Upper or mid cervical nodes Patients with involvement of the upper or mid cervical nodes are usually middle-aged or elderly, and many have a history of substantial tobacco and/or alcohol use. In such patients, a primary tumor in the head and neck region should be suspected. Optimal initial evaluation includes a thorough examination of the oropharynx, hypopharynx, nasopharynx, larynx, and upper esophagus by direct vision and fiberoptic nasopharyngolaryngoscopy, with biopsy of any suspicious areas. We do not routinely perform bronchoscopy if the chest CT is negative and the patient lacks pulmonary symptoms. In one study, this diagnostic approach identified a primary site in 231 of 267 patients (87 percent) presenting with metastatic SCC in neck nodes.
Computerized tomography (CT) of the neck is useful in defining the extent of disease and occasionally identifies a primary site. Other modalities that have been used to improve diagnostic accuracy include positron emission tomography (PET) scanning, screening tonsillectomy, chromosomal analysis, and detection of Epstein-Barr virus genome in tumor tissue.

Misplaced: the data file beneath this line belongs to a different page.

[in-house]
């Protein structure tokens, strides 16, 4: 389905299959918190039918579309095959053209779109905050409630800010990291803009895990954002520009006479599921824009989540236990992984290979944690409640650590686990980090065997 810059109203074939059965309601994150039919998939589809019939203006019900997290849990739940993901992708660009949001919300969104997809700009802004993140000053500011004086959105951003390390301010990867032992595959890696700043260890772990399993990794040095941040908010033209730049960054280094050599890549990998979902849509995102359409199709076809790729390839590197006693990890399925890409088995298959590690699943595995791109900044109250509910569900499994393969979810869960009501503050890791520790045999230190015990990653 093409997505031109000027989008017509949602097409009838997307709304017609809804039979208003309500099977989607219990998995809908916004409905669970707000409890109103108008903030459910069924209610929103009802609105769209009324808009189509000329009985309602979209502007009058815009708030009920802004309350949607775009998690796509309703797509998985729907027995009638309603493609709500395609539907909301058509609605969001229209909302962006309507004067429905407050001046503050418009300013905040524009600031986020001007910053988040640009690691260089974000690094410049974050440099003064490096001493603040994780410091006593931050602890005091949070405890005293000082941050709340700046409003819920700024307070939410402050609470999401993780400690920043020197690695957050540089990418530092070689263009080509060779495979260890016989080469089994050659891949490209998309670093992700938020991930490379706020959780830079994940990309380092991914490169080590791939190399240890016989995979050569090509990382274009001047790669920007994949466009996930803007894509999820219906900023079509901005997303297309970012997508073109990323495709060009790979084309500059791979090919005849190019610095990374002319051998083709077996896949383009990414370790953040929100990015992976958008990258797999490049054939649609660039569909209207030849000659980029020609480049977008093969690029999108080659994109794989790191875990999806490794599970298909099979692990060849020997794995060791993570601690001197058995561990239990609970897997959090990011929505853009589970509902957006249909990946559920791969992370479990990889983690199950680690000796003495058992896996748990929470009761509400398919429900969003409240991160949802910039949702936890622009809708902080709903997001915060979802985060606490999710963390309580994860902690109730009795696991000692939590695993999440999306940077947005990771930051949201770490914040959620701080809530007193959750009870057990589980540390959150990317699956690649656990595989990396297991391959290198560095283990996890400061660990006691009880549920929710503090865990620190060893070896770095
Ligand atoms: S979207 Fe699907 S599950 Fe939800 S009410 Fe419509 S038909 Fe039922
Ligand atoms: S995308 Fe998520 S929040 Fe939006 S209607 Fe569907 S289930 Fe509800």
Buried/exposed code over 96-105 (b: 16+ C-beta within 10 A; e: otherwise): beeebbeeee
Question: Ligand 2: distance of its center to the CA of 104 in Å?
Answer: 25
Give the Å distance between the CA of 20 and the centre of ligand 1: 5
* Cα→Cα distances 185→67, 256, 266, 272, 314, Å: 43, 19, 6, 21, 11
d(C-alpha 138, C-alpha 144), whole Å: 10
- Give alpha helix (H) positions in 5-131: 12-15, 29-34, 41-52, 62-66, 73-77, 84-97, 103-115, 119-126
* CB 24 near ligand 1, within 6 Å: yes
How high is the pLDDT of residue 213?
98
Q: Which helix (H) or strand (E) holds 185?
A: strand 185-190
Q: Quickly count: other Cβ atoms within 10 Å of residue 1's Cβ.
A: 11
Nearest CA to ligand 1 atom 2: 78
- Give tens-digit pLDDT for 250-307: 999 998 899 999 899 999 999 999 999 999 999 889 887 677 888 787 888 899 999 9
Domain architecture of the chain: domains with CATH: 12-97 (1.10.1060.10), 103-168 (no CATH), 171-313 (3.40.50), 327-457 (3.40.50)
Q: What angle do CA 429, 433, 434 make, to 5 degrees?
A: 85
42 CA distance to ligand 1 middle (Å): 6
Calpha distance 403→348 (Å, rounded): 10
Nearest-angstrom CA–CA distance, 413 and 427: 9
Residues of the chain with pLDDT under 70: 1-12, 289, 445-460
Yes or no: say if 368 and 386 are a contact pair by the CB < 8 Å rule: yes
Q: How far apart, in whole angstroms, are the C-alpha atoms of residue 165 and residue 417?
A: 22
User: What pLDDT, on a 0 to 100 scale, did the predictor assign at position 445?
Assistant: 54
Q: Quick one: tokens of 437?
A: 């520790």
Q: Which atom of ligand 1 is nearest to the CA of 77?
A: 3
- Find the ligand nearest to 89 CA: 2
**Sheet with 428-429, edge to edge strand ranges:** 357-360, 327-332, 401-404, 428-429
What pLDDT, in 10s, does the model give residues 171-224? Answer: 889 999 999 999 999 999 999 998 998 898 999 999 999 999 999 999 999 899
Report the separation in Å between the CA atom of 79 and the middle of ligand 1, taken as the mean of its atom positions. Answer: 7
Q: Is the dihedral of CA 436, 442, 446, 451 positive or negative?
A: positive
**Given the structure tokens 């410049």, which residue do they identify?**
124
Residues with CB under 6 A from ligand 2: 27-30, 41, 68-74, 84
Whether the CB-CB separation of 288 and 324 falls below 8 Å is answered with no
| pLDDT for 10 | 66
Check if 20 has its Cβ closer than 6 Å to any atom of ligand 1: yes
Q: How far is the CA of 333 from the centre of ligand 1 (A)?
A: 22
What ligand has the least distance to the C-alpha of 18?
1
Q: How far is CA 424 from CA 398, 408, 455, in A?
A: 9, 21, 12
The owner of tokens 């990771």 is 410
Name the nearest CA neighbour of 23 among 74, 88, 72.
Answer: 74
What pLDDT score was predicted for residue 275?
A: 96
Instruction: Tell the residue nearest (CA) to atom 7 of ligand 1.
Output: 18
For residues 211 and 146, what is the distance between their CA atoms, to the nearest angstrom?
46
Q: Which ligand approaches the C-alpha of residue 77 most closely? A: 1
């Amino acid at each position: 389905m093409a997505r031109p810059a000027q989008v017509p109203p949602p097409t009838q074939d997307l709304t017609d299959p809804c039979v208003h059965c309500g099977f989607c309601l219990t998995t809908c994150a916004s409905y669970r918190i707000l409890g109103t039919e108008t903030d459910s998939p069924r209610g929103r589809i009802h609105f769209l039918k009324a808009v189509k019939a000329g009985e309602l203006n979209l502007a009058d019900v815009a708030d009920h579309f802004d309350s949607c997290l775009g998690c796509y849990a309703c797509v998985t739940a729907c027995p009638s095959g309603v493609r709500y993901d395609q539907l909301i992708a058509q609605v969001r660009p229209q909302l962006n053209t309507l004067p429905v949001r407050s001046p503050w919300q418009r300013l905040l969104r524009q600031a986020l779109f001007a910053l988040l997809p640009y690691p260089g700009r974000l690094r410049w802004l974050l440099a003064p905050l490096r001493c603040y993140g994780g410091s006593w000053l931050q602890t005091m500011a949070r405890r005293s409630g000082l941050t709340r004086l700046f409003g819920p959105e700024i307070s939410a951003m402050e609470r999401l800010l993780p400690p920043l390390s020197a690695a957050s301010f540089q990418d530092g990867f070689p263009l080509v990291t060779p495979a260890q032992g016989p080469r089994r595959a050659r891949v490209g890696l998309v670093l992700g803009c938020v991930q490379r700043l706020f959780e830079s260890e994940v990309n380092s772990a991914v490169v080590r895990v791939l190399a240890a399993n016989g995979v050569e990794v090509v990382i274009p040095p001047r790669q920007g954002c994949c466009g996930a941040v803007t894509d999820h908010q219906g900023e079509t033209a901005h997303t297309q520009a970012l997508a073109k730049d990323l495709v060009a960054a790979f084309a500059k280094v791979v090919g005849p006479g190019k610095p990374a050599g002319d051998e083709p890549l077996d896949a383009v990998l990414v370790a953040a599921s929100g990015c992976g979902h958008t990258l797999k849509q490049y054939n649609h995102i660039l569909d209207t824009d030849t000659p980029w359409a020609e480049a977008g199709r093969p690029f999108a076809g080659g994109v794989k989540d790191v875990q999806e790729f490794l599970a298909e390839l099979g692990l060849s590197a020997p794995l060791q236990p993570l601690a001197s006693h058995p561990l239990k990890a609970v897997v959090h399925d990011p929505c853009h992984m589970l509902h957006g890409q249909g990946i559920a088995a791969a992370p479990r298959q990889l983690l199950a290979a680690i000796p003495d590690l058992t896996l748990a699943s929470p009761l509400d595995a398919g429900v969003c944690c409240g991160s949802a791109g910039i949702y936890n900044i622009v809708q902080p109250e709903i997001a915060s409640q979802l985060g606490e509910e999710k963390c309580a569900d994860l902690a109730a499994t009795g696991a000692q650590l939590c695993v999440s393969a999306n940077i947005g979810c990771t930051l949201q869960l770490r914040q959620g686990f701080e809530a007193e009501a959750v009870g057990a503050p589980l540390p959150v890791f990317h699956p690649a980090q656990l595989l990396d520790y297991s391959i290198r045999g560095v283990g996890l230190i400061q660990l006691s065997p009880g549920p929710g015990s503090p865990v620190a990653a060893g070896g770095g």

Diagnosis Fine needle aspiration biopsy is frequently used to make an initial tissue diagnosis when a patient presents with a metastatic cervical lymph node without an obvious primary site. This technique has high sensitivity and specificity and a diagnostic accuracy that ranges from 89 to 98 percent. Incisional biopsy of a pathologic cervical node should be avoided if possible, since it has been associated with a higher incidence of neck failure and inferior survival following definitive treatment in some but not all studies of patients with head and neck cancer.